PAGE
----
TORONTO (Reuters) - Toronto’s main stock index retreated from its highest level in almost three years on Tuesday, pulled lower by economic worries sparked by surging oil prices, even as gold hit a record peak.
U.S. Federal Reserve Chairman Ben Bernanke said the run-up in crude prices was unlikely to derail the U.S. economy, but his comments did little to reassure investors worried that turmoil in the Middle East could affect Saudi Arabia, the world’s largest oil exporter.
Economically sensitive financials were down 0.7 percent despite solid results from Bank of Montreal (BMO.TO) and the Bank of Canada keeping interest rates on hold, as expected.
BMO ended 0.3 percent lower at C$61.77 while Toronto-Dominion Bank (TD.TO) dropped 1.7 percent to C$79.93.
“It’s more a question of the leverage that Canadian financial institutions have to the broader economy, and any hint of weakness would translate into profit-taking in that group,” said Elvis Picardo, an analyst and strategist at Global Securities in Vancouver.
The fact that U.S. markets were down sharply also helped to take the steam out of the TSX’s stronger start, said Picardo. .N
The Toronto Stock Exchange’s S&P/TSX composite index .GSPTSE closed down 13.65 points, or 0.1 percent, at 14,122.85. Eight of its 10 main groups were lower. Earlier in the day, the TSX rose as high as 14,213.21, its best showing since July 2008.
The energy group drifted 0.2 percent lower, swayed by worries over global growth, despite U.S. crude futures ending above $99 a barrel.
Suncor Energy (SU.TO) however still closed up 0.2 percent at C$45.76.
“There are different variables in terms of pricing out an oil stock. It’s going to move in conjunction with the market as well as the oil price,” said John Kurgan, senior market strategist at commodity futures brokerage Lind-Waldock Canada.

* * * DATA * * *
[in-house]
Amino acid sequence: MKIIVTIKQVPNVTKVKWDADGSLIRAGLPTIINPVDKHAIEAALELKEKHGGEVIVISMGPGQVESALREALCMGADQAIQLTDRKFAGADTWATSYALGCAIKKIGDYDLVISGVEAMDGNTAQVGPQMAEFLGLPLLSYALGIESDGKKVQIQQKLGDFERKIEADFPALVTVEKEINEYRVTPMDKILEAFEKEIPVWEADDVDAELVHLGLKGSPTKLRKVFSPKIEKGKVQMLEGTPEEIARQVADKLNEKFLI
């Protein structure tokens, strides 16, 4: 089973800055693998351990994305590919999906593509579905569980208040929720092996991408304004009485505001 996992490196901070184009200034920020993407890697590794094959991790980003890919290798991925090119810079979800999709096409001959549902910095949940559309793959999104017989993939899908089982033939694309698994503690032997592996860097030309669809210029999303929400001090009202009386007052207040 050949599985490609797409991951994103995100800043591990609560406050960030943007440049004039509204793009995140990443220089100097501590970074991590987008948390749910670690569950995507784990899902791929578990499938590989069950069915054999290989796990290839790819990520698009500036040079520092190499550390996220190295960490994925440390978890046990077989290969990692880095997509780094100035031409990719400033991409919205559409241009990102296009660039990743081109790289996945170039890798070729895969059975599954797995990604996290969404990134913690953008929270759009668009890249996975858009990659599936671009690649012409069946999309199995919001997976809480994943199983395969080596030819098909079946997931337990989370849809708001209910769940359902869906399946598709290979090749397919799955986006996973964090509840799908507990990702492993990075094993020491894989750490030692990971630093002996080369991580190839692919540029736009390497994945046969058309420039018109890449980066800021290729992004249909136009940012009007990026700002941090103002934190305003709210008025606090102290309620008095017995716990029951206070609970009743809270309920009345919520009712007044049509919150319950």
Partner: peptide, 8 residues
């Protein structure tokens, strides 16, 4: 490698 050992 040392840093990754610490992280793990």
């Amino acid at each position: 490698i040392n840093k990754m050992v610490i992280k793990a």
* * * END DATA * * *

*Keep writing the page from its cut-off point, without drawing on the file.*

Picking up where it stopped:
He added that profit-taking was a factor in the energy sector’s slide.
Offsetting the broader decline, gold miners climbed 2.1 percent as bullion prices rose above $1,432 an ounce on safe-haven buying, spurred by the unrest in North Africa and the Middle East.
“One of the few pockets of strength we’re seeing today is in the gold group ... that’s more on account of overseas events than anything out here in Canada,” added Picardo.
“Specifically, I think investors continue to be spooked by what’s happening in the Middle East and this time around $100 oil is not necessarily seen as a good thing.”
Base-metal miners, another materials component, fell 1 percent as the price of copper snapped a three-day advance.
Market watchers questioned how much higher the TSX could go given its current lofty levels.
Picardo said it’s going to become more difficult to build on the gains of the last six months, given the remarkable run until now.
Kurgan added that direction will be largely driven by markets south of the border.
“It depends if the U.S. is undergoing a significant correction here or not,” he said, noting the S&P 500 index fell 1.6 percent on the day to 1,306.33.
“The S&P has found support before in the 1,300 area. If it continues to find support there then I think the Canadian market will probably finish the week higher than it’s been in years.”
Reporting by Claire Sibonney; editing by Rob Wilson